By Ed Johnson
The Associated Press
LONDON - From Athens to Amsterdam, or Barcelona to Berlin, travelers in Europe need not change money until they cross the English Channel to Britain. Here, the euros in their pockets must be exchanged for those time-honored pounds and pence.
On Monday, in what would be a setback to the dream of ever-deeper European unity, the British government is widely expected to announce that it wants things to stay that way for now.
Prime Minister Tony Blair's government says it favors joining the single currency in principle, but the country sat warily on the sidelines when 12 of its European neighbors ditched their currencies and adopted the new euro notes and coins on Jan. 1, 2002.
Now Blair's Treasury chief, Gordon Brown, is expected to tell Parliament that the economic tests he set in 1997, which must be passed before Britain calls a referendum on euro membership, haven't yet been met.
On Thursday Brown emerged from a Cabinet meeting saying agreement had been reached on whether to join, and his choice of words reinforced expectations Britain would stay out.
The decision would be in "the national economic interest," Brown said. "We are all resolved that nothing must be done that will put the stability of the British economy at risk."
The issue has split Britain. The euro's opponents say it will weaken the economy and the nation's sovereignty.
Supporters say that if Britain spurns the euro, it will be left in the dust of a united Europe forging ahead to superpower status.
But the debate may be entirely academic.
A succession of opinion polls say most Britons would vote "no" to the euro in a referendum.
Although it joined what is now the European Union 30 years ago, Britain has often been accused of standing apart from the grand design of a united Europe. The division grew widest under Prime Minister Margaret Thatcher, who feared her free-market conservatism would be slowed by the welfarism and trade union power prevalent on the Continent.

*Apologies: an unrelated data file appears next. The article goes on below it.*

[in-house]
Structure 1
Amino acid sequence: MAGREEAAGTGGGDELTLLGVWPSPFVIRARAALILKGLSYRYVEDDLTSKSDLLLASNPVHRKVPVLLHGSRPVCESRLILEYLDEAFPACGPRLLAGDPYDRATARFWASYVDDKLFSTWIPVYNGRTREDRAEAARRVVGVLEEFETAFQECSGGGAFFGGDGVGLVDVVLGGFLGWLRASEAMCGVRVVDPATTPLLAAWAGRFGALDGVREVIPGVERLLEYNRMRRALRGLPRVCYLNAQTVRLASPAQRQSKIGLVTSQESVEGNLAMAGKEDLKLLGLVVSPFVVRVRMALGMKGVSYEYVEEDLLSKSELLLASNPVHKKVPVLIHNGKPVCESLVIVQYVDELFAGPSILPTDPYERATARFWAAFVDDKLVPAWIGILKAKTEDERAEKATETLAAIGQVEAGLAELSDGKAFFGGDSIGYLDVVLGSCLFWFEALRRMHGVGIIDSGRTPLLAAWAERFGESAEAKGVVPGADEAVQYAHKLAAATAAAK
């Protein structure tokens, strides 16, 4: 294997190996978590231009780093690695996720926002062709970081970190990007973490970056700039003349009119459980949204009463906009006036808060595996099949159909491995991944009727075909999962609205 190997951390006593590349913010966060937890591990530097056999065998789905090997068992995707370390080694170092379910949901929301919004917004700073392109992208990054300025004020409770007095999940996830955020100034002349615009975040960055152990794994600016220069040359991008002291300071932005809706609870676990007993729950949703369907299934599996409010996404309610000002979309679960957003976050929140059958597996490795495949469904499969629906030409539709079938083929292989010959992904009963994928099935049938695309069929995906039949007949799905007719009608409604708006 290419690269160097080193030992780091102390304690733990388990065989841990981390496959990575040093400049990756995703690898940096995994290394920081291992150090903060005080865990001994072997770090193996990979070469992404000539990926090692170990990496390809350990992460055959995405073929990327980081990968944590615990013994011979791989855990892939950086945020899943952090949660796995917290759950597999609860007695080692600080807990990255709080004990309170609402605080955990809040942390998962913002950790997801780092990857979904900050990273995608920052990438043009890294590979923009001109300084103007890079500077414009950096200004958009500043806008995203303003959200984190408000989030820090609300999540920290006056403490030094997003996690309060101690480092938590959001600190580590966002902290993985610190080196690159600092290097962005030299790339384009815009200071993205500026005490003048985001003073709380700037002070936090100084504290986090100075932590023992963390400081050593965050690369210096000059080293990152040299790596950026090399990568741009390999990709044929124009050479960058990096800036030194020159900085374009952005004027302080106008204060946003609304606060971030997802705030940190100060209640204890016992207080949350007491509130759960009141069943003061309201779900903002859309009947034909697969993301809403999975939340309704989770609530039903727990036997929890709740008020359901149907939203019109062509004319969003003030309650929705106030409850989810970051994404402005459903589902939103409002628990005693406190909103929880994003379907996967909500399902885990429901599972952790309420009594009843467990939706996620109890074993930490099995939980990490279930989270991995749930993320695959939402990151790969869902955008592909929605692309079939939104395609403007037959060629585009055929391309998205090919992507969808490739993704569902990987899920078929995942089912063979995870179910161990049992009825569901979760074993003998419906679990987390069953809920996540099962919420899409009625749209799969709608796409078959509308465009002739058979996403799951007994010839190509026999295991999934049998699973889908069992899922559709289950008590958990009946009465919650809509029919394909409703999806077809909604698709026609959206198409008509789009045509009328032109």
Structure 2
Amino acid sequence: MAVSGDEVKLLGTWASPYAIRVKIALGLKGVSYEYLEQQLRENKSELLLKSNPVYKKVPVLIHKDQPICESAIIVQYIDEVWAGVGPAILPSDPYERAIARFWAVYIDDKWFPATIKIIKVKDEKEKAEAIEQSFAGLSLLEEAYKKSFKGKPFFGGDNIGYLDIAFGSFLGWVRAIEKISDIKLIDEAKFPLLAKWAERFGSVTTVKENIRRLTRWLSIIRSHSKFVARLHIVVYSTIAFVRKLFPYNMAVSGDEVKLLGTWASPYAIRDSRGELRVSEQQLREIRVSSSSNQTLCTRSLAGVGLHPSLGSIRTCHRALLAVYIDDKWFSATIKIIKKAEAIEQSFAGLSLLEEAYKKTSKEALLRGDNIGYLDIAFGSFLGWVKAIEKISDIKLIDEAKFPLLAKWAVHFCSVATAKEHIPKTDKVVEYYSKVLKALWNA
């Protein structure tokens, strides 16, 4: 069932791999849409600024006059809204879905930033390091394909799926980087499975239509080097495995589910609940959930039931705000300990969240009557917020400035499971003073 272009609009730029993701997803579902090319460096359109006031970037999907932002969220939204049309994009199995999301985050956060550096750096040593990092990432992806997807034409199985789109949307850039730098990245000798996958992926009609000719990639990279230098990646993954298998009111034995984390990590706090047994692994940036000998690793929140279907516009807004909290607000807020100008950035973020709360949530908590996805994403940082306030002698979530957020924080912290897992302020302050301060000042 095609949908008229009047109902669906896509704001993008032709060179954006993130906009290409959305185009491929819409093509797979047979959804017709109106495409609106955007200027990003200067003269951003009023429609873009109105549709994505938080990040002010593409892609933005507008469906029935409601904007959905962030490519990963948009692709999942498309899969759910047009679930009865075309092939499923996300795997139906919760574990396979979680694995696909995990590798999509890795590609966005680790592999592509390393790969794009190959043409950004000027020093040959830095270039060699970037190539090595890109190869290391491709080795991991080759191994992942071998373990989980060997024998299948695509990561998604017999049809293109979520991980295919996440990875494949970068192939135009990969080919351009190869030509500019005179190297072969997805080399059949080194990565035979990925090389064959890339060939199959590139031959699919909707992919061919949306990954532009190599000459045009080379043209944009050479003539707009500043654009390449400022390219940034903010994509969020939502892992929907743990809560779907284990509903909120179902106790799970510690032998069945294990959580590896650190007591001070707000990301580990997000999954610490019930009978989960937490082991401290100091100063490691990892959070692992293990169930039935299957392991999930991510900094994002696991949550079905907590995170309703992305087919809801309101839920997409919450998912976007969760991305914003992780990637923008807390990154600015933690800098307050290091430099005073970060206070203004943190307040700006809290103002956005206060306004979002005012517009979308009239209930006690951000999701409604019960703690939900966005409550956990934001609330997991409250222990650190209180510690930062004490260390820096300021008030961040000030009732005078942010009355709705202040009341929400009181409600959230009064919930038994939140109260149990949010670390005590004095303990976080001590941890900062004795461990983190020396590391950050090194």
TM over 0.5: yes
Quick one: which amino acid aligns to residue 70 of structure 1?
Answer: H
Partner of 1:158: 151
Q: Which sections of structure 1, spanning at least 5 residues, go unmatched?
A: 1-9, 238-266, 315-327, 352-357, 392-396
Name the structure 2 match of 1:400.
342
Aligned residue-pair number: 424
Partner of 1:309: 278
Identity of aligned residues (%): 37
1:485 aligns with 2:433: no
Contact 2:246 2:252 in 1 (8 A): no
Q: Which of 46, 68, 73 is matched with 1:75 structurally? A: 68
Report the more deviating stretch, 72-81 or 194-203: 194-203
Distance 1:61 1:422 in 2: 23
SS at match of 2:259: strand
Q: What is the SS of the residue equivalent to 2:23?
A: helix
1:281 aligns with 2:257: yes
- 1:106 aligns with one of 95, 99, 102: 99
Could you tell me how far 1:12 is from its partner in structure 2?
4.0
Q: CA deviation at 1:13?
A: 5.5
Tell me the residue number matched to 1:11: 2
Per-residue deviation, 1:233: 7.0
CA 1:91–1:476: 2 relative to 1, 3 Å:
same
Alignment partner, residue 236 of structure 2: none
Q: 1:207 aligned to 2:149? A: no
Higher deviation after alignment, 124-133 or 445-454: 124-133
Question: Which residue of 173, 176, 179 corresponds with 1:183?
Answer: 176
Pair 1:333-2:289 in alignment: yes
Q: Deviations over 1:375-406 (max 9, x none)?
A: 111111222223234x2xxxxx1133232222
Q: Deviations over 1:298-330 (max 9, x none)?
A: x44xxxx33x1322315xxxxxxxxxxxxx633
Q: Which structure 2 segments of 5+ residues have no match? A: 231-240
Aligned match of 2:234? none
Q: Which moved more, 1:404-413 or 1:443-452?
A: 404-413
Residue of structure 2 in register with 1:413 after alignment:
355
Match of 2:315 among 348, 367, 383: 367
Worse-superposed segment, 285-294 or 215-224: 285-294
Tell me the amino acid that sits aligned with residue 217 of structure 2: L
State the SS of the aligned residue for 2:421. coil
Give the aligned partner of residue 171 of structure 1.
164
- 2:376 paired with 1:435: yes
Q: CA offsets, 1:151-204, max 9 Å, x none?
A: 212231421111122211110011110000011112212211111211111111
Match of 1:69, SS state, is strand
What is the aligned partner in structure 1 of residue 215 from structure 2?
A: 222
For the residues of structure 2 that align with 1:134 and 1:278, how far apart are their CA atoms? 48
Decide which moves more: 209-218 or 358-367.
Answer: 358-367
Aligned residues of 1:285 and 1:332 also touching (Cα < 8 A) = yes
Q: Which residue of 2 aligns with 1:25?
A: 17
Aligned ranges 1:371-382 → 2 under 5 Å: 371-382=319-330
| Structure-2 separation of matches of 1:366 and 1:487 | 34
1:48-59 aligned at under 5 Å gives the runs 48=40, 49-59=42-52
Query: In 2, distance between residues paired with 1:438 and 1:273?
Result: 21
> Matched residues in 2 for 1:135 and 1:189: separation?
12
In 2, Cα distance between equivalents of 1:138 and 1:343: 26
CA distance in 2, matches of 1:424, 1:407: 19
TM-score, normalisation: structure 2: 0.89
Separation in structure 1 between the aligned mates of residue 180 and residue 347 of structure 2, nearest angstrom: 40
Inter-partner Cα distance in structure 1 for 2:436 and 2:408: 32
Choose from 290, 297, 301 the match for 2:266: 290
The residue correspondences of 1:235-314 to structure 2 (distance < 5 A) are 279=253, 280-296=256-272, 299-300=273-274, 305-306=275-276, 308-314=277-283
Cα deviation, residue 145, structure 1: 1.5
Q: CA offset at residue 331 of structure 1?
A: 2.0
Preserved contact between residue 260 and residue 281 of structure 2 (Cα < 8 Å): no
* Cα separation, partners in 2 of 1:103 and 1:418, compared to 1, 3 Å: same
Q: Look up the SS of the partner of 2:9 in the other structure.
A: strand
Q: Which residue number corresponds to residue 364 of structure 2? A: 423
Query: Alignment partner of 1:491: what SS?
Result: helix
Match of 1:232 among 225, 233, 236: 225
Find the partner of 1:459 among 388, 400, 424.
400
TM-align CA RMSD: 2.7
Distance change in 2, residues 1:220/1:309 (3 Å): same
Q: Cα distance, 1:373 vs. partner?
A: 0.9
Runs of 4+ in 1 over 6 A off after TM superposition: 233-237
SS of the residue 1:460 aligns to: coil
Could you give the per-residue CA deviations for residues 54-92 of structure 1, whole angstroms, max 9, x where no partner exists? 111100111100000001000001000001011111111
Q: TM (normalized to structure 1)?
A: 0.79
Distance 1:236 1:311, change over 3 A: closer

But even after Thatcher's Conservatives were replaced by Blair's Labor Party, the ambivalence persisted. Britain, Sweden and Denmark were the only countries that opted out of the euro when it was launched for financial transactions on Jan. 1, 1999, and went live as a currency two years later.
How bad would another "no" from Britain be for the euro on Monday? Daniel Gros, director of the Brussels-based Center for European Policy Studies, said the EU is eager to have its third-biggest member economy on board - but won't be heartbroken if it doesn't immediately join.
Rejecting the euro would be a prestige blow to the architects of the new Europe. Moreover, analysts say, it could worsen Britain's already frosty relations with some of its neighbors and widen cracks that opened over Blair's alliance with President Bush in the Iraq war.
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